But some breast cancer patient advocacy groups praised the decision.
“We applaud the F.D.A. for responding to the scientific evidence in the face of significant political and public pressure,” the National Breast Cancer Coalition said in a statement.
Musa Mayer, an advocate in New York who has had breast cancer, said the F.D.A.’s decision “sends a clear message that women with metastatic breast cancer need treaments that prolong their lives, show clear evidence of improvements in quality of life and clear clinical benefit. And Avastin has not demonstrated any of that.”
Avastin, also known as bevacizumab, is the world’s best-selling cancer drug, with sales last year of about $6 billion. It is also the best-selling drug for Roche, Genentech’s parent company.
Analysts have said revocation could cost Roche, the Swiss pharmaceutical company, between $500 million and $1 billion in lost sales. Roche, which paid $46.8 billion in 2009 to acquire the 44 percent of Genentech it did not already own, is in the process of cutting its workforce, partly because of the diminishing sales prospects for Avastin.
Genentech said it was disappointed in the decision and that Avastin should remain a choice for women.
Avastin, also was given “accelerated approval” as a treatment for breast cancer in 2008 under a program that allows for speedy approval of drugs for serious diseases. In the initial clinical trial, the use of Avastin and the chemotherapy drug paclitaxel delayed by 5.5 months the median time before the disease worsened compared to the use of paclitaxel alone.
But accelerated approval is subject to further studies to confirm a drug’s effectiveness. And in two new trials, in which it was combined with different chemotherapy agents, Avastin did not perform as well. It delayed tumor worsening by only a month to about three months. It did not prolong lives at all and all and subjected many women to severe side effects.
An advisory committee to the F.D.A. voted 12 to 1 in July that the breast cancer approval should be withdrawn.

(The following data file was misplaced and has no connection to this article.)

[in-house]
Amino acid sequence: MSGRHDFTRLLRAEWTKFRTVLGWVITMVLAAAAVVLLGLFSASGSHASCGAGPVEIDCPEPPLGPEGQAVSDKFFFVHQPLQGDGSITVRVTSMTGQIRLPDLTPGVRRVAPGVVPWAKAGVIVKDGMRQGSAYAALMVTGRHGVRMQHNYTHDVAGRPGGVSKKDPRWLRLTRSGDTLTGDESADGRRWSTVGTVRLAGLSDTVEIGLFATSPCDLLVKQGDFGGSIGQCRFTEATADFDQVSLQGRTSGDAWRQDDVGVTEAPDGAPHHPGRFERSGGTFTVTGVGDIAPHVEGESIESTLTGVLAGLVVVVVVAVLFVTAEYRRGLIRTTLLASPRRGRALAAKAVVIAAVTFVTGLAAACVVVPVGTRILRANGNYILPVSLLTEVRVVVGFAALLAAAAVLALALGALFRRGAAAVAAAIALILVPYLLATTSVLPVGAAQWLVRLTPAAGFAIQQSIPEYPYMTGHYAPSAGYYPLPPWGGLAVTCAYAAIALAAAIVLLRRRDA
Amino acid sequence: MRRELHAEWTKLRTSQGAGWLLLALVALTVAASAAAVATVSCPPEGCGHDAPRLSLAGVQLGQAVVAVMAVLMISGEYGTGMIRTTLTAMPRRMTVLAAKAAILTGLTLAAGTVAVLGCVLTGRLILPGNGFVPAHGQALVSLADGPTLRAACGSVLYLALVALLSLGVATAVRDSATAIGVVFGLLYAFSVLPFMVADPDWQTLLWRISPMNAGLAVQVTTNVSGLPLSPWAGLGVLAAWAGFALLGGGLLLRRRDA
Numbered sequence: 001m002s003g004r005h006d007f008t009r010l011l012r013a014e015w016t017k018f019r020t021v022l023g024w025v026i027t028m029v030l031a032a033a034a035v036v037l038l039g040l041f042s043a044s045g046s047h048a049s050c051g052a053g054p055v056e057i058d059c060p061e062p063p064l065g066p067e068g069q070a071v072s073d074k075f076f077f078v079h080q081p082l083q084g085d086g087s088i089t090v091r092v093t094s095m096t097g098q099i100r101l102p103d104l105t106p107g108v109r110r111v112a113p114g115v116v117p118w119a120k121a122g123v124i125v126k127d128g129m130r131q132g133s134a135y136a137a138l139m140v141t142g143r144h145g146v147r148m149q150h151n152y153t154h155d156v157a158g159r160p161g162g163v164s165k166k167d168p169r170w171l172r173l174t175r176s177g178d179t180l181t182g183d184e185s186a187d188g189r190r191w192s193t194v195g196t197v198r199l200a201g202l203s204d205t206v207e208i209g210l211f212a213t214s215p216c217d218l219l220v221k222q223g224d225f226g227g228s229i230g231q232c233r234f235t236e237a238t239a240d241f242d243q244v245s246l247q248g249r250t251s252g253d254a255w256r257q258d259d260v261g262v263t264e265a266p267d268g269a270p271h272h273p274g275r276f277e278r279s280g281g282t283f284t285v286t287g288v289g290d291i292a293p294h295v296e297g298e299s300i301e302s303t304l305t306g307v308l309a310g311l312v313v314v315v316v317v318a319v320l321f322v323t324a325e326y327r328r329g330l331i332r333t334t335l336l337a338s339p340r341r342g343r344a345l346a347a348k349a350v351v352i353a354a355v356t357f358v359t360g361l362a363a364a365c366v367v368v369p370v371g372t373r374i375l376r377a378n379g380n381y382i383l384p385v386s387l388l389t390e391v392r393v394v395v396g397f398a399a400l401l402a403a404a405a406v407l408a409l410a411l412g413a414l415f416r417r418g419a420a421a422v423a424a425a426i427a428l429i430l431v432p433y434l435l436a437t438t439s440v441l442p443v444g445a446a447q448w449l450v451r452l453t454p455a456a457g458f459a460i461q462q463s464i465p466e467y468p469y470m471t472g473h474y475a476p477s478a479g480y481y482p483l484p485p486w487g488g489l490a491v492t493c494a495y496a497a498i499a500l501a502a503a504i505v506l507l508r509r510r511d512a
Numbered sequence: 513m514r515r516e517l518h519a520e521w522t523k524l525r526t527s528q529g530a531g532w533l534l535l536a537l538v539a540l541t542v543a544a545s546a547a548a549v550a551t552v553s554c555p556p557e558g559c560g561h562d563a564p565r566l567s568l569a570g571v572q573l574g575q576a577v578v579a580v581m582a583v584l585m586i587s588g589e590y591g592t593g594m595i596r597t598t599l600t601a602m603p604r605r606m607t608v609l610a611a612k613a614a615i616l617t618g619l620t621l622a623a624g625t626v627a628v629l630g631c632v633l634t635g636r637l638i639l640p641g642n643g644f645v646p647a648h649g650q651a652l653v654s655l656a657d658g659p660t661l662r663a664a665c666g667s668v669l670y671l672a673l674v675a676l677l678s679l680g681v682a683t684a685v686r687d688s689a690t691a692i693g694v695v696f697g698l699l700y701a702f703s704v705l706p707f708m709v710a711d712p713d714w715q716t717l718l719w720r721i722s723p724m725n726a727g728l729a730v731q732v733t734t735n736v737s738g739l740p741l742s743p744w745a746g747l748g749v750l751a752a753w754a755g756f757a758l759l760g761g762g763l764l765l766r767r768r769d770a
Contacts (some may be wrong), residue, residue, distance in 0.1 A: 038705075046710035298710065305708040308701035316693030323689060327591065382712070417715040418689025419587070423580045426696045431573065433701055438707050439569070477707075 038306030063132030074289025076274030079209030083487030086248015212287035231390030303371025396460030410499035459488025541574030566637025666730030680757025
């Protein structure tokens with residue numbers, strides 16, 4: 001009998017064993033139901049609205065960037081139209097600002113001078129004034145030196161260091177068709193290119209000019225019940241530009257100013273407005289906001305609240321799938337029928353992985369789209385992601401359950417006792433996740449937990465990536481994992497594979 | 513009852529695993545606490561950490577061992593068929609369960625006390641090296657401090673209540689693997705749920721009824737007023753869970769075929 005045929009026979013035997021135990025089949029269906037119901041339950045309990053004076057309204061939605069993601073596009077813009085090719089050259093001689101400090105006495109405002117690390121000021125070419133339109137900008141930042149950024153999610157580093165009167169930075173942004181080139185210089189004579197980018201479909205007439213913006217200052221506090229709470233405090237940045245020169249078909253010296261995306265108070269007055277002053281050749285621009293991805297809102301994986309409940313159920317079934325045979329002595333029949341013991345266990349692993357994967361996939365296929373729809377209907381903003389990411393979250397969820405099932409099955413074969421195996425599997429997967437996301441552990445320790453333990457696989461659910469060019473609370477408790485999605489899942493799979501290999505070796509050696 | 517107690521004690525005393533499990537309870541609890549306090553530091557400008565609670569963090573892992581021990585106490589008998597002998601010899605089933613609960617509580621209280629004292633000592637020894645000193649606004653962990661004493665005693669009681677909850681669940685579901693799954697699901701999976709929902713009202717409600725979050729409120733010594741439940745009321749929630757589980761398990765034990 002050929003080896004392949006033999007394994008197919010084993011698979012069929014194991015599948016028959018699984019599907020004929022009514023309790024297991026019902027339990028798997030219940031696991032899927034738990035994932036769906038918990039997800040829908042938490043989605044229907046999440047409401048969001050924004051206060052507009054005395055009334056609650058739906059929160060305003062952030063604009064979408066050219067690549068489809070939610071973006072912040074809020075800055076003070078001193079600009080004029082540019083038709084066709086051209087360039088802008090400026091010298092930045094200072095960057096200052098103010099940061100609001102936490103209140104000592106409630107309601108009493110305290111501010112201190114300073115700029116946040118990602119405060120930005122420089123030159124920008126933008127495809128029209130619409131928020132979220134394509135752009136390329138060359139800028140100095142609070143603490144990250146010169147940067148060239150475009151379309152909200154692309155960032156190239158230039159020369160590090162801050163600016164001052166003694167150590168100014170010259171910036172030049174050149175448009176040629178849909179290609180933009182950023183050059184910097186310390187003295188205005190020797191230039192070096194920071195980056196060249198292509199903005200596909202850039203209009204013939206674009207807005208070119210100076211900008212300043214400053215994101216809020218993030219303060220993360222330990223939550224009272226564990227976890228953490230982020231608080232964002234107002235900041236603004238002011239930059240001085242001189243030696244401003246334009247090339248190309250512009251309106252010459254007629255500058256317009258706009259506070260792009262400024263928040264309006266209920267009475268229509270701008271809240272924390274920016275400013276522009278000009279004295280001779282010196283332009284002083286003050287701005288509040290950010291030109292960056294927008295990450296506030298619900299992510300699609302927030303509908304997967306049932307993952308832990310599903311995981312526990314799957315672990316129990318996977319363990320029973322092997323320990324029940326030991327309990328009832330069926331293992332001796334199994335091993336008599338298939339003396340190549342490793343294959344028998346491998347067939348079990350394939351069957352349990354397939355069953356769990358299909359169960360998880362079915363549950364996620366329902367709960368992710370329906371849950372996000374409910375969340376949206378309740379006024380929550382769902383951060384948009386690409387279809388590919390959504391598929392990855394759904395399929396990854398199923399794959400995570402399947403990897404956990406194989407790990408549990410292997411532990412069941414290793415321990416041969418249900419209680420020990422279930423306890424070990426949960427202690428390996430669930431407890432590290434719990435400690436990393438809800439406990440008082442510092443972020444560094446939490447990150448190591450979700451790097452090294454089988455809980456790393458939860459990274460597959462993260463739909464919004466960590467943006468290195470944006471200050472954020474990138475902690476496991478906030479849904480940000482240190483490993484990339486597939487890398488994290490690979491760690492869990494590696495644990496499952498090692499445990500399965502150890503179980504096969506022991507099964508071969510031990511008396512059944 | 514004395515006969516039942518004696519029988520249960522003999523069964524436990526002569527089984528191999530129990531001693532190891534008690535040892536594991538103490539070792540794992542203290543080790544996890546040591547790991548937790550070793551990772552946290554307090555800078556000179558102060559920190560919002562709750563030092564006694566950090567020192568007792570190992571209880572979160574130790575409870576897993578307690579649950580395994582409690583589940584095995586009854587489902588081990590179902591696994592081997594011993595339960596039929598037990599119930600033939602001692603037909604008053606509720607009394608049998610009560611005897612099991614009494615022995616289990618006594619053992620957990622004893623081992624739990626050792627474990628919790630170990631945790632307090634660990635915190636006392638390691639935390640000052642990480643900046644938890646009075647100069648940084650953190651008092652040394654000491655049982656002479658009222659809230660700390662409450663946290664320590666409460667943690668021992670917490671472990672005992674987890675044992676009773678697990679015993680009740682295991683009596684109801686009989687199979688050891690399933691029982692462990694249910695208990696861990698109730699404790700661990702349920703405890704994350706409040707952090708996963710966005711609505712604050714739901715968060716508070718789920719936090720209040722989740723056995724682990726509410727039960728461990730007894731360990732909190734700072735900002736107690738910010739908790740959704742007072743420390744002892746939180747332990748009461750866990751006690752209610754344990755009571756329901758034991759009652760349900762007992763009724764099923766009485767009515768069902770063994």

But since then, there has been lobbying by some patients and doctors to keep the approval. Christi Turnage, a nurse in Madison, Miss, who is using the drug, submitted a petition with 9,500 signatures and her son posted an emotional video on YouTube.
It is rare for the F.D.A. to take a drug off the market that it had earlier granted accelerated approval. Agency officials pointed out that European regulators had given full approval to Avastin, not conditional approval as the F.D.A. had. But European regulators decided on Thursday to limit approval to use Avastin only with paclitaxel, a chemotherapy drug.
Dr. Eric Winer, a breast cancer specialist at the Dana-Farber Cancer Institute in Boston, said that doctors had been decreasing their use of Avastin “because of concerns about toxicity and because we recognize it does not extend a women’s life. On the other hand, it does increase the time cancer is under control. And for some women, not all, that is something that can be helpful and can lead to an improvement in quality of life.”
Many experts said Avastin appears to help some patients live longer. But right now, it is impossible to predict in advance which patients. If Genentech can figure out how to predict this – such as by a genetic test – it would clear the way for the drug to remain on the market for a subset of patients.